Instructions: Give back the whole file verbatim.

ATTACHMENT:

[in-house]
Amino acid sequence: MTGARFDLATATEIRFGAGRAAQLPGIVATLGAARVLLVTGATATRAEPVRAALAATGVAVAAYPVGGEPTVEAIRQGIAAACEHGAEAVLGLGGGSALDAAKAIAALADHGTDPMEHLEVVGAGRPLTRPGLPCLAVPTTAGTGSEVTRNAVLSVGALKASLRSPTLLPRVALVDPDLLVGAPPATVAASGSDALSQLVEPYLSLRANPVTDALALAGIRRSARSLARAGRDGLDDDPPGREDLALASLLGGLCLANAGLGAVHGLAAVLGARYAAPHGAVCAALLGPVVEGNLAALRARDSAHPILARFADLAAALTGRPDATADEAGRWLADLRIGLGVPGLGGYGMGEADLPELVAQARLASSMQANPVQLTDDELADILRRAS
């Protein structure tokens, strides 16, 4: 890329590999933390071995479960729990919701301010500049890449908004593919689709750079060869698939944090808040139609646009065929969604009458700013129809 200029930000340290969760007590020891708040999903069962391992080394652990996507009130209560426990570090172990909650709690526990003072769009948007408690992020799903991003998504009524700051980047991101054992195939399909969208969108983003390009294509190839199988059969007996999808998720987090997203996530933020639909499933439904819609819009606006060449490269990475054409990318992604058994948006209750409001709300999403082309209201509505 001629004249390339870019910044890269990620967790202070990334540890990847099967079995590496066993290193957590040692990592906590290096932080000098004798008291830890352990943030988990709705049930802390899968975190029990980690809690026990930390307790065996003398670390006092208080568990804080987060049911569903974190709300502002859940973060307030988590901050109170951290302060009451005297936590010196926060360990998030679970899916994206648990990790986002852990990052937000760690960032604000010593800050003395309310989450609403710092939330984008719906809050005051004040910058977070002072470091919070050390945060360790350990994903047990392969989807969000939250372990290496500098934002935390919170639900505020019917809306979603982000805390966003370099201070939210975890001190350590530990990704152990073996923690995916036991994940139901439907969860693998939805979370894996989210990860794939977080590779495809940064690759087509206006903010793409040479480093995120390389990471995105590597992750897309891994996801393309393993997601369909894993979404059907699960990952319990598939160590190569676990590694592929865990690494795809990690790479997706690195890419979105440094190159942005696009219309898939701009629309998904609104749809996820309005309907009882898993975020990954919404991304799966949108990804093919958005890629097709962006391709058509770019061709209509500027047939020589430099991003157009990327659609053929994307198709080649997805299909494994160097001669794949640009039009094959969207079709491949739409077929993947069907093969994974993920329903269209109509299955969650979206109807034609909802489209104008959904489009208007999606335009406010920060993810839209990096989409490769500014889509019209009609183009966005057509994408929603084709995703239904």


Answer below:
[in-house]
Amino acid sequence: MTGARFDLATATEIRFGAGRAAQLPGIVATLGAARVLLVTGATATRAEPVRAALAATGVAVAAYPVGGEPTVEAIRQGIAAACEHGAEAVLGLGGGSALDAAKAIAALADHGTDPMEHLEVVGAGRPLTRPGLPCLAVPTTAGTGSEVTRNAVLSVGALKASLRSPTLLPRVALVDPDLLVGAPPATVAASGSDALSQLVEPYLSLRANPVTDALALAGIRRSARSLARAGRDGLDDDPPGREDLALASLLGGLCLANAGLGAVHGLAAVLGARYAAPHGAVCAALLGPVVEGNLAALRARDSAHPILARFADLAAALTGRPDATADEAGRWLADLRIGLGVPGLGGYGMGEADLPELVAQARLASSMQANPVQLTDDELADILRRAS
């Protein structure tokens, strides 16, 4: 890329590999933390071995479960729990919701301010500049890449908004593919689709750079060869698939944090808040139609646009065929969604009458700013129809 200029930000340290969760007590020891708040999903069962391992080394652990996507009130209560426990570090172990909650709690526990003072769009948007408690992020799903991003998504009524700051980047991101054992195939399909969208969108983003390009294509190839199988059969007996999808998720987090997203996530933020639909499933439904819609819009606006060449490269990475054409990318992604058994948006209750409001709300999403082309209201509505 001629004249390339870019910044890269990620967790202070990334540890990847099967079995590496066993290193957590040692990592906590290096932080000098004798008291830890352990943030988990709705049930802390899968975190029990980690809690026990930390307790065996003398670390006092208080568990804080987060049911569903974190709300502002859940973060307030988590901050109170951290302060009451005297936590010196926060360990998030679970899916994206648990990790986002852990990052937000760690960032604000010593800050003395309310989450609403710092939330984008719906809050005051004040910058977070002072470091919070050390945060360790350990994903047990392969989807969000939250372990290496500098934002935390919170639900505020019917809306979603982000805390966003370099201070939210975890001190350590530990990704152990073996923690995916036991994940139901439907969860693998939805979370894996989210990860794939977080590779495809940064690759087509206006903010793409040479480093995120390389990471995105590597992750897309891994996801393309393993997601369909894993979404059907699960990952319990598939160590190569676990590694592929865990690494795809990690790479997706690195890419979105440094190159942005696009219309898939701009629309998904609104749809996820309005309907009882898993975020990954919404991304799966949108990804093919958005890629097709962006391709058509770019061709209509500027047939020589430099991003157009990327659609053929994307198709080649997805299909494994160097001669794949640009039009094959969207079709491949739409077929993947069907093969994974993920329903269209109509299955969650979206109807034609909802489209104008959904489009208007999606335009406010920060993810839209990096989409490769500014889509019209009609183009966005057509994408929603084709995703239904």